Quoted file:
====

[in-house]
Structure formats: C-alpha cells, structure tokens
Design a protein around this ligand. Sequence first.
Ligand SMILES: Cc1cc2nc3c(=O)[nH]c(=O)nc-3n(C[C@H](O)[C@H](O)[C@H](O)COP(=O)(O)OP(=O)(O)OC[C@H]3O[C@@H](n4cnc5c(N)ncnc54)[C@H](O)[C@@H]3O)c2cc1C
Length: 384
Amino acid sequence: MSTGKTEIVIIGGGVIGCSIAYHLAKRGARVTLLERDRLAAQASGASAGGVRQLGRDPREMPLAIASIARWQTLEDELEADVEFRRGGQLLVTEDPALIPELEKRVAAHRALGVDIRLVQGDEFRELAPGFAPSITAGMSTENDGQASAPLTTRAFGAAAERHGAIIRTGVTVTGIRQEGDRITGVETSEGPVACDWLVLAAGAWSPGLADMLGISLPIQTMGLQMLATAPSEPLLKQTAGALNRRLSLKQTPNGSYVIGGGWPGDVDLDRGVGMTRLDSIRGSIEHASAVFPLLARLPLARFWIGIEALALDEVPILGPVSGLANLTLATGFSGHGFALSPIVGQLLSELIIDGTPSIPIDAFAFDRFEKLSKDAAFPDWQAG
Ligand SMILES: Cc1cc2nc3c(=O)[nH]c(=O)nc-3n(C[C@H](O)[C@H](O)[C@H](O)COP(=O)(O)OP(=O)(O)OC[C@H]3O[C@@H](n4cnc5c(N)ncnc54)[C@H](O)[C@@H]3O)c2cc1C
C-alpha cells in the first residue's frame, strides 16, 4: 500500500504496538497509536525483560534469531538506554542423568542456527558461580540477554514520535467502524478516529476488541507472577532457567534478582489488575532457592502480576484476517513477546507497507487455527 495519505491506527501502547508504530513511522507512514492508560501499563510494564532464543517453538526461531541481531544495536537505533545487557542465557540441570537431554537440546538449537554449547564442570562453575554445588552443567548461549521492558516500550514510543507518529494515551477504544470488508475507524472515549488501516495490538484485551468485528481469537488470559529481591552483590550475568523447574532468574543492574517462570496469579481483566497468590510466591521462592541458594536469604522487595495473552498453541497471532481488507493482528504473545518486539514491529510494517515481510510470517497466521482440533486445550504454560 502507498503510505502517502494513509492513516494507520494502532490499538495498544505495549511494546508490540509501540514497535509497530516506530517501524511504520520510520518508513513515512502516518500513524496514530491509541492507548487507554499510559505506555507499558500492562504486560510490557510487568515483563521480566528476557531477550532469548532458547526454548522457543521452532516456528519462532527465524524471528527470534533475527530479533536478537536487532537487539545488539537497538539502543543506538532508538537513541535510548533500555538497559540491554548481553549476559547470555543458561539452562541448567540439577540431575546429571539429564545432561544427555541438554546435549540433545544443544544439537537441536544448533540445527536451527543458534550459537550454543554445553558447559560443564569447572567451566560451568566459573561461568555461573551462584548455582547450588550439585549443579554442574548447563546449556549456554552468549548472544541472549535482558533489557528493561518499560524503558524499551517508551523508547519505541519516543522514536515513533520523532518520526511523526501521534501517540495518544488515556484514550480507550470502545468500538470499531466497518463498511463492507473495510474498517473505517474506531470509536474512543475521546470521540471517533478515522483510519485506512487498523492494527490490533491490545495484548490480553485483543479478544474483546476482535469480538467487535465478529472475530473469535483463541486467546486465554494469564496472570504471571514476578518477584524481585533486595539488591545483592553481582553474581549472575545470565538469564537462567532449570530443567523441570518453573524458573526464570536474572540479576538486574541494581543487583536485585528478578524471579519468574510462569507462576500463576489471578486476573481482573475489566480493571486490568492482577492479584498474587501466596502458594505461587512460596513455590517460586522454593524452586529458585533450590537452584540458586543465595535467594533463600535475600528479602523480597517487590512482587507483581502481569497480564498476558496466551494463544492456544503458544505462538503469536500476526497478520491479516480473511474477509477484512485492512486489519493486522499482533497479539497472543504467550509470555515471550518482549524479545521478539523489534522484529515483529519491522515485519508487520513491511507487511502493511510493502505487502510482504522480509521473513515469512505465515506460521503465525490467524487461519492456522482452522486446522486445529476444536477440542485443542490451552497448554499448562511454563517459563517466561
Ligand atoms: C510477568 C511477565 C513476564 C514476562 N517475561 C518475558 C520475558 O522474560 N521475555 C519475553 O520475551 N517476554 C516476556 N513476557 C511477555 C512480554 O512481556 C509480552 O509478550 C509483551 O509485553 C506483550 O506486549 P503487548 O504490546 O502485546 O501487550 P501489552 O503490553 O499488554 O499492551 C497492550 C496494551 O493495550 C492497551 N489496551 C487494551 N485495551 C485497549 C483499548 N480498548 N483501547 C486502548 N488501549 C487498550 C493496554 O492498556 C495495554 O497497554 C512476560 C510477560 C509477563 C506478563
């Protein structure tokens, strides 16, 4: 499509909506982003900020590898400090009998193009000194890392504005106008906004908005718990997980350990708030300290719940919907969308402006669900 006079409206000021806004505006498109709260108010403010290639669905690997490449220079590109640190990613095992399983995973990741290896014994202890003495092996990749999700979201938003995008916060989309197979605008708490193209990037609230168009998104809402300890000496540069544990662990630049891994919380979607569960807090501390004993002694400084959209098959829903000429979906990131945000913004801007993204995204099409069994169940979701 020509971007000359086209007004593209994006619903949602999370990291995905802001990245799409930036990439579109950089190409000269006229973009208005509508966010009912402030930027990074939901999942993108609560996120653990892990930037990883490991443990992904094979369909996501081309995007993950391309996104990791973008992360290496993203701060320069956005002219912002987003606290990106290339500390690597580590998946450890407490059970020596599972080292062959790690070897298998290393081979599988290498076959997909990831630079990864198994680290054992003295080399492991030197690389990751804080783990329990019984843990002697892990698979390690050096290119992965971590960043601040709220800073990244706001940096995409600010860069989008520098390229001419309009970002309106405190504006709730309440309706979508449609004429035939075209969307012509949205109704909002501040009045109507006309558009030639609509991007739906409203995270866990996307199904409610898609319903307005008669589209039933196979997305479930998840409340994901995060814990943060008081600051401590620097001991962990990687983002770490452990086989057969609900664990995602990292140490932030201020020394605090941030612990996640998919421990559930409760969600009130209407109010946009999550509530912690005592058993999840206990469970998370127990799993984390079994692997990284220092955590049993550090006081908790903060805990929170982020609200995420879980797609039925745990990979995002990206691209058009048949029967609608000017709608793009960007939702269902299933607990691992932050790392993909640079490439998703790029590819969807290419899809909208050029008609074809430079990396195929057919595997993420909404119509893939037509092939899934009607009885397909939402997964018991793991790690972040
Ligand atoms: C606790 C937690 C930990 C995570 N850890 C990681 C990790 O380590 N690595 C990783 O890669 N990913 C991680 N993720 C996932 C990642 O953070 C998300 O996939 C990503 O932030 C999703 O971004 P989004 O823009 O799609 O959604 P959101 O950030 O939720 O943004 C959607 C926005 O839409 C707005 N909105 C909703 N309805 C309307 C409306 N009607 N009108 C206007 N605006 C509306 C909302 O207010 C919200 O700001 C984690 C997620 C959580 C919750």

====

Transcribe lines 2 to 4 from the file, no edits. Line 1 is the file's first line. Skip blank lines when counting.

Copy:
Structure formats: C-alpha cells, structure tokens
Design a protein around this ligand. Sequence first.
Ligand SMILES: Cc1cc2nc3c(=O)[nH]c(=O)nc-3n(C[C@H](O)[C@H](O)[C@H](O)COP(=O)(O)OP(=O)(O)OC[C@H]3O[C@@H](n4cnc5c(N)ncnc54)[C@H](O)[C@@H]3O)c2cc1C